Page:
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Welcome to the Science Summit at UNGA76, a major contribution to advancing Science for the UN SDGs. Online from 14- September - 5 October 2021.
ISC will organise the second edition of the UNGA76 Science Summit around the 76th United Nations General Assembly (SSUNGA76) in September 2021. The objective of the virtual meeting will be to raise awareness of the role and contribution of science to the attainment of the United Nations Sustainable Development Goals. It will demonstrate initiatives that provide models for global science mechanisms and activities in support of the SDGs, particularly in science infrastructure and capacity building. Science is and will enable sustainable economic, environmental, and societal development. Science is more than a funding prioritisation exercise: science is impacting all areas of policy-making and is playing a more critical role in how policy objectives are achieved and the consequent benefit to people everywhere, including responses to global challenges.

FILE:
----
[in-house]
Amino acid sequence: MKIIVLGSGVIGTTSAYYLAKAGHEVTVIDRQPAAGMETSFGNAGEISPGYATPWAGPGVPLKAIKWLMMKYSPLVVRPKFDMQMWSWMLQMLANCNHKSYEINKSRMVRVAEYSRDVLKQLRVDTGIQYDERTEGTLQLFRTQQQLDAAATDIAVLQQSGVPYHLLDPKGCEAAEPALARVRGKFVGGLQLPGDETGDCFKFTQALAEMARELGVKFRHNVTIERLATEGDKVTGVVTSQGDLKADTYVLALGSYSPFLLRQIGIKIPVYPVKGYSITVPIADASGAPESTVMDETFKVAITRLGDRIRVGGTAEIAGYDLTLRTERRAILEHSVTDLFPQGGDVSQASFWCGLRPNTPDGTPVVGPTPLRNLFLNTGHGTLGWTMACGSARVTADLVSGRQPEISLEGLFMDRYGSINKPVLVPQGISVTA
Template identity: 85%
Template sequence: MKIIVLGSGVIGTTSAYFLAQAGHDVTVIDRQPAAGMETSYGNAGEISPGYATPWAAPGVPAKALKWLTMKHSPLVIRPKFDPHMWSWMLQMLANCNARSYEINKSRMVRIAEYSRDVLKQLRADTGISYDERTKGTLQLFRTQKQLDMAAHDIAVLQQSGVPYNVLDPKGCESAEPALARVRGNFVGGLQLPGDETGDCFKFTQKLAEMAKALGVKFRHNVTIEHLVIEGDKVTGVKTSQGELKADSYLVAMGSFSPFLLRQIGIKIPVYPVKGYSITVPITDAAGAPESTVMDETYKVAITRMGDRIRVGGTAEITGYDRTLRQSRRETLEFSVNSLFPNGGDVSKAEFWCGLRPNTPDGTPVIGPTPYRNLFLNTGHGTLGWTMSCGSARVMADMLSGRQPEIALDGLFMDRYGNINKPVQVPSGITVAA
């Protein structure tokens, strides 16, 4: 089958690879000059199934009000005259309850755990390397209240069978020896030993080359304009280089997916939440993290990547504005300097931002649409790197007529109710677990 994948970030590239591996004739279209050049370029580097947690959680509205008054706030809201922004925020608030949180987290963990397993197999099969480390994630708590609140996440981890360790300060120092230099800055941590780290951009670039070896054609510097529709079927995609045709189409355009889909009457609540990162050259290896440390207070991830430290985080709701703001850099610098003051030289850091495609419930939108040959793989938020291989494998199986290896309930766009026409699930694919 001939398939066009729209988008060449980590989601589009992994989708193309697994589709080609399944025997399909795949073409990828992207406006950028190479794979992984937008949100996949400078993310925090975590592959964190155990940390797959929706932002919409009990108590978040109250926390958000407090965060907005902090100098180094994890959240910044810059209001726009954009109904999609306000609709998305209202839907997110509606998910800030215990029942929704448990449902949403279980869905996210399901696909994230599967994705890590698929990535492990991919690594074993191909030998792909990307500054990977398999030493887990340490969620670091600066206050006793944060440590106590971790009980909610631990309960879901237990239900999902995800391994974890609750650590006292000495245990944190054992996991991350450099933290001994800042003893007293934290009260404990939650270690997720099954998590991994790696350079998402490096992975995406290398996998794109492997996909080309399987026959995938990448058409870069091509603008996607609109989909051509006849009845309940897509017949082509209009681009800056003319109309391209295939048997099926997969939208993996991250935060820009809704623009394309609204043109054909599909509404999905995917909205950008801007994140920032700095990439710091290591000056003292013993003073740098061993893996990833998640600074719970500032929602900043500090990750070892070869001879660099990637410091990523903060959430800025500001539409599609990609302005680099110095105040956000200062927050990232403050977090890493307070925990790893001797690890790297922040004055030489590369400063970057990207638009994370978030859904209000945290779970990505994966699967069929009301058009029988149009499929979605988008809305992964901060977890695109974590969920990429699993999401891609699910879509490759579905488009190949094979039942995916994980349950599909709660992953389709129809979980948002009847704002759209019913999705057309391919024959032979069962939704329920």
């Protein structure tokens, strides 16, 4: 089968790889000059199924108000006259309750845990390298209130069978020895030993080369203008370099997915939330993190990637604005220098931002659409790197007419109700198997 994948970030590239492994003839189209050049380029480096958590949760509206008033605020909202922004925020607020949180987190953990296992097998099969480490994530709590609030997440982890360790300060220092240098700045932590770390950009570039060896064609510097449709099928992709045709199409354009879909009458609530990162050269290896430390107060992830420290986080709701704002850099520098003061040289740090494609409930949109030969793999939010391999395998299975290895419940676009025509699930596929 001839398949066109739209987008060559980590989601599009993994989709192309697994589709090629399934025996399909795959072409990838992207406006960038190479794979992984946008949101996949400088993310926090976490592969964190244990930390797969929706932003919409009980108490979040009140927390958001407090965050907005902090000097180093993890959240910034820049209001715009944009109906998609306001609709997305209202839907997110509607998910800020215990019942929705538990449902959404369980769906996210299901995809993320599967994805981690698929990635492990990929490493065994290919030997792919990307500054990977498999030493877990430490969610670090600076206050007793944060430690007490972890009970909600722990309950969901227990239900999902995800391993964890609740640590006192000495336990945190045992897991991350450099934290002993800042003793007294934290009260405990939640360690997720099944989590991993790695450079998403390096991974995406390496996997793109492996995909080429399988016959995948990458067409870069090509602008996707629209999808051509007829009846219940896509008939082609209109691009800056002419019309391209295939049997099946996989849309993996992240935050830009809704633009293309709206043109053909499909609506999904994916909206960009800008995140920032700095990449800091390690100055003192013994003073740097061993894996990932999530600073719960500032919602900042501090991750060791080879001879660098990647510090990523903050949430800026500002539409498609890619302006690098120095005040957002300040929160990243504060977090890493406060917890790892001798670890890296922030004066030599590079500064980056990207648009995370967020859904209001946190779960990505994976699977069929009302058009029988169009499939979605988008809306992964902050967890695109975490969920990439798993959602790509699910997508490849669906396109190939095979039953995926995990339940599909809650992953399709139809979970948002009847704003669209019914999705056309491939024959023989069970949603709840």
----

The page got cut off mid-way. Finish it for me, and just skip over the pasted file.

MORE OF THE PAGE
Engagement with policy leadership is more important than ever: UNGA76 is a unique forum for science to demonstrate how policy and political leadership can benefit from innovation. Central to this is the role of nonstate actors and the multilateral fora, which increasingly determine how priorities are set. Science needs to be part of this dialogue and inform outputs through thought leadership, evidence, insights, analysis, and innovation.

Registration is available here.
avatar for Marcel Tanner

Marcel Tanner

EDCTP and Swiss Academies of Arts & Sciences
President, Swiss Academy of Sciences, Professor Emeritus of Epidemiology
Professor Marcel Tanner was Director of the Swiss Tropical and Public Health Institute from 1997 to 2015 and is now President of the Swiss Academy of Sciences. He holds a PhD in medical biology from the University of Basel and an MPH from the University of London. Lived and worked in Africa and Asia and has published extensively in many fields of health research (>650 original papers) and has received global recognition for his expertise in the field of infectious diseases research and control. He was co-investigator and coordinator of the first African malaria vaccine trial in 1992 and participated as co-principal investigator in several major intervention trials on malaria and schistosomiasis. He developed a Swiss field laboratory to what is now the Ifakara Health Institute in Tanzania from 1981-1985 and when back in Europe as programme director 1987-1997.